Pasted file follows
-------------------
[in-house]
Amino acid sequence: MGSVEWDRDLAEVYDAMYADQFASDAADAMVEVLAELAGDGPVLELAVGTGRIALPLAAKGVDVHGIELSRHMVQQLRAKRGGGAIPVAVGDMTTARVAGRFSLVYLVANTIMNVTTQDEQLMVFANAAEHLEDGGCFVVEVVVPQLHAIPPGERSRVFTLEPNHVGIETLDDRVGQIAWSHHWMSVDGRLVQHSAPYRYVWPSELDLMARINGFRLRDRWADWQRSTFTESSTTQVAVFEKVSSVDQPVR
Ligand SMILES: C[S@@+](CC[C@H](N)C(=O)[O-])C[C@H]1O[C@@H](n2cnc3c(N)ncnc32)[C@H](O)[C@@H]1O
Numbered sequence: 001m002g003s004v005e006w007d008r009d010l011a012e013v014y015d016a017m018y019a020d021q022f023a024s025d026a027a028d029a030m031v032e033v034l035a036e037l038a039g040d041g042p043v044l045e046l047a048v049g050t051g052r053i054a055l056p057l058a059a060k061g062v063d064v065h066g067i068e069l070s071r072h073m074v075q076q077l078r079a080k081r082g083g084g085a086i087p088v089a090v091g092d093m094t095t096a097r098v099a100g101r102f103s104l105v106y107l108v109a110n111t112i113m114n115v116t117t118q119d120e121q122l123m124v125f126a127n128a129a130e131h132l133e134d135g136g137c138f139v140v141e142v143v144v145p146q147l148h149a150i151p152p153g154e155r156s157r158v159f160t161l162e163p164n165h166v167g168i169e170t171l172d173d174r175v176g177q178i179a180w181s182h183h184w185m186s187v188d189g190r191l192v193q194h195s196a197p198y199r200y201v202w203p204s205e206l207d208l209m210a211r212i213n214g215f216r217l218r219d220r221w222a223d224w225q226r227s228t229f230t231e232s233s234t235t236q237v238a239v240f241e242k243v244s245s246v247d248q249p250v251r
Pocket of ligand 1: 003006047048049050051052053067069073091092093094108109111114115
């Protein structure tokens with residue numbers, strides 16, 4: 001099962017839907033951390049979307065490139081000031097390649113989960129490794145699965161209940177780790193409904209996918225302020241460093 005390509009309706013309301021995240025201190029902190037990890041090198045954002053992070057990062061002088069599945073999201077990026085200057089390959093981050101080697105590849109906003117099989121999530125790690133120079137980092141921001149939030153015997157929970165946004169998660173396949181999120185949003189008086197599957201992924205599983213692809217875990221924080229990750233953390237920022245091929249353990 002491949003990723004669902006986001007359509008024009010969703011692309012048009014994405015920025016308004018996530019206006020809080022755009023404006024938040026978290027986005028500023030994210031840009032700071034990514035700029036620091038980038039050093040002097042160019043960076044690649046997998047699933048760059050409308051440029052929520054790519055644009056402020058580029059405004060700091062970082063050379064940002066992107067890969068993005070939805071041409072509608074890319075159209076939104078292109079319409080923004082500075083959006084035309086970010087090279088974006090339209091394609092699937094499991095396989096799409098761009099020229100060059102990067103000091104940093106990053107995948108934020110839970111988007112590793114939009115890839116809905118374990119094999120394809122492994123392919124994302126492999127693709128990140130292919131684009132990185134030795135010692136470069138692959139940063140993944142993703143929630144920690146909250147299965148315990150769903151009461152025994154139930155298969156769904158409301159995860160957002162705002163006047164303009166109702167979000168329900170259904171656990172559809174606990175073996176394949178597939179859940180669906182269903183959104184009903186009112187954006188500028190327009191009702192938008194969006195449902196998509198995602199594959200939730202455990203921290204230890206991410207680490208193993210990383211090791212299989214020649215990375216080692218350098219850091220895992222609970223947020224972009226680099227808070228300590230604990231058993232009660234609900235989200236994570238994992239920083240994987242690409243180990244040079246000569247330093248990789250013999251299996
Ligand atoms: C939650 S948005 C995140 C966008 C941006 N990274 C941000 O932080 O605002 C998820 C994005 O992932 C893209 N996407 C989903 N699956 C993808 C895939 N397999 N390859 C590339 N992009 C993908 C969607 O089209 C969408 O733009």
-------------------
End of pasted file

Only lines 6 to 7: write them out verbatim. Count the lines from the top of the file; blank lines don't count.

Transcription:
């Protein structure tokens with residue numbers, strides 16, 4: 001099962017839907033951390049979307065490139081000031097390649113989960129490794145699965161209940177780790193409904209996918225302020241460093 005390509009309706013309301021995240025201190029902190037990890041090198045954002053992070057990062061002088069599945073999201077990026085200057089390959093981050101080697105590849109906003117099989121999530125790690133120079137980092141921001149939030153015997157929970165946004169998660173396949181999120185949003189008086197599957201992924205599983213692809217875990221924080229990750233953390237920022245091929249353990 002491949003990723004669902006986001007359509008024009010969703011692309012048009014994405015920025016308004018996530019206006020809080022755009023404006024938040026978290027986005028500023030994210031840009032700071034990514035700029036620091038980038039050093040002097042160019043960076044690649046997998047699933048760059050409308051440029052929520054790519055644009056402020058580029059405004060700091062970082063050379064940002066992107067890969068993005070939805071041409072509608074890319075159209076939104078292109079319409080923004082500075083959006084035309086970010087090279088974006090339209091394609092699937094499991095396989096799409098761009099020229100060059102990067103000091104940093106990053107995948108934020110839970111988007112590793114939009115890839116809905118374990119094999120394809122492994123392919124994302126492999127693709128990140130292919131684009132990185134030795135010692136470069138692959139940063140993944142993703143929630144920690146909250147299965148315990150769903151009461152025994154139930155298969156769904158409301159995860160957002162705002163006047164303009166109702167979000168329900170259904171656990172559809174606990175073996176394949178597939179859940180669906182269903183959104184009903186009112187954006188500028190327009191009702192938008194969006195449902196998509198995602199594959200939730202455990203921290204230890206991410207680490208193993210990383211090791212299989214020649215990375216080692218350098219850091220895992222609970223947020224972009226680099227808070228300590230604990231058993232009660234609900235989200236994570238994992239920083240994987242690409243180990244040079246000569247330093248990789250013999251299996
Ligand atoms: C939650 S948005 C995140 C966008 C941006 N990274 C941000 O932080 O605002 C998820 C994005 O992932 C893209 N996407 C989903 N699956 C993808 C895939 N397999 N390859 C590339 N992009 C993908 C969607 O089209 C969408 O733009």